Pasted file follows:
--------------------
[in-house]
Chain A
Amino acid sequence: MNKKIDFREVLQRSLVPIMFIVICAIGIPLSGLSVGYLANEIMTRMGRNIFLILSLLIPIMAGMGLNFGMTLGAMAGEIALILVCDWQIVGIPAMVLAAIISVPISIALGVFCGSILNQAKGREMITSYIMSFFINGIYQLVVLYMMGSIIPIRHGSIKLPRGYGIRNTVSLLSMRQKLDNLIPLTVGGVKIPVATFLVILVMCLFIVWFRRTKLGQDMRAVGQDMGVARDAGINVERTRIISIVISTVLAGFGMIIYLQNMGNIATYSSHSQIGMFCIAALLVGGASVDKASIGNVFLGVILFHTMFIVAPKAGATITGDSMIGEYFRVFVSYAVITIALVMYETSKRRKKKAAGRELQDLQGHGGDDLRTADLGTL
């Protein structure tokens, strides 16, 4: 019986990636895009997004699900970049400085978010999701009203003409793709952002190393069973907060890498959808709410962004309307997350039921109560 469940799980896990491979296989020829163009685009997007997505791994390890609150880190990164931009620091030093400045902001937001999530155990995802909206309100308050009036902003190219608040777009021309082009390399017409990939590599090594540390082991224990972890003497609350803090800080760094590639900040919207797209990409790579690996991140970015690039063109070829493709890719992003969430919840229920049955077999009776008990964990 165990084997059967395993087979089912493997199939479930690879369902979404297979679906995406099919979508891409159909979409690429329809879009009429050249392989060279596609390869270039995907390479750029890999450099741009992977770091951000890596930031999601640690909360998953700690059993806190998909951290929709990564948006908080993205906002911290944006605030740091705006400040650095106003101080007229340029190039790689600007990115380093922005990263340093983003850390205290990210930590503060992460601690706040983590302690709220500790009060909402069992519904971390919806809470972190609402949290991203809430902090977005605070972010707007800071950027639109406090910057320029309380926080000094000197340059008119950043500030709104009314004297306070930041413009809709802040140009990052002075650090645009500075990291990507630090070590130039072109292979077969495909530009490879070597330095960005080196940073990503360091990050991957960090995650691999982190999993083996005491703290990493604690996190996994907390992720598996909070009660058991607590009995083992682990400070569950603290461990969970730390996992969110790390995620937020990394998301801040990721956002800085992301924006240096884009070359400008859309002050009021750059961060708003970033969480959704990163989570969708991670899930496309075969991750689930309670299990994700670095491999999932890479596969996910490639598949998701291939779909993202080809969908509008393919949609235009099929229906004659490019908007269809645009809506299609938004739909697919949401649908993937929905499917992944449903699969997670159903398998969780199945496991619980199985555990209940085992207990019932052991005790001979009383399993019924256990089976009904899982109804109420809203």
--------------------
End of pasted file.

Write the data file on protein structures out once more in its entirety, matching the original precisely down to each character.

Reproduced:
[in-house]
Chain A
Amino acid sequence: MNKKIDFREVLQRSLVPIMFIVICAIGIPLSGLSVGYLANEIMTRMGRNIFLILSLLIPIMAGMGLNFGMTLGAMAGEIALILVCDWQIVGIPAMVLAAIISVPISIALGVFCGSILNQAKGREMITSYIMSFFINGIYQLVVLYMMGSIIPIRHGSIKLPRGYGIRNTVSLLSMRQKLDNLIPLTVGGVKIPVATFLVILVMCLFIVWFRRTKLGQDMRAVGQDMGVARDAGINVERTRIISIVISTVLAGFGMIIYLQNMGNIATYSSHSQIGMFCIAALLVGGASVDKASIGNVFLGVILFHTMFIVAPKAGATITGDSMIGEYFRVFVSYAVITIALVMYETSKRRKKKAAGRELQDLQGHGGDDLRTADLGTL
């Protein structure tokens, strides 16, 4: 019986990636895009997004699900970049400085978010999701009203003409793709952002190393069973907060890498959808709410962004309307997350039921109560 469940799980896990491979296989020829163009685009997007997505791994390890609150880190990164931009620091030093400045902001937001999530155990995802909206309100308050009036902003190219608040777009021309082009390399017409990939590599090594540390082991224990972890003497609350803090800080760094590639900040919207797209990409790579690996991140970015690039063109070829493709890719992003969430919840229920049955077999009776008990964990 165990084997059967395993087979089912493997199939479930690879369902979404297979679906995406099919979508891409159909979409690429329809879009009429050249392989060279596609390869270039995907390479750029890999450099741009992977770091951000890596930031999601640690909360998953700690059993806190998909951290929709990564948006908080993205906002911290944006605030740091705006400040650095106003101080007229340029190039790689600007990115380093922005990263340093983003850390205290990210930590503060992460601690706040983590302690709220500790009060909402069992519904971390919806809470972190609402949290991203809430902090977005605070972010707007800071950027639109406090910057320029309380926080000094000197340059008119950043500030709104009314004297306070930041413009809709802040140009990052002075650090645009500075990291990507630090070590130039072109292979077969495909530009490879070597330095960005080196940073990503360091990050991957960090995650691999982190999993083996005491703290990493604690996190996994907390992720598996909070009660058991607590009995083992682990400070569950603290461990969970730390996992969110790390995620937020990394998301801040990721956002800085992301924006240096884009070359400008859309002050009021750059961060708003970033969480959704990163989570969708991670899930496309075969991750689930309670299990994700670095491999999932890479596969996910490639598949998701291939779909993202080809969908509008393919949609235009099929229906004659490019908007269809645009809506299609938004739909697919949401649908993937929905499917992944449903699969997670159903398998969780199945496991619980199985555990209940085992207990019932052991005790001979009383399993019924256990089976009904899982109804109420809203």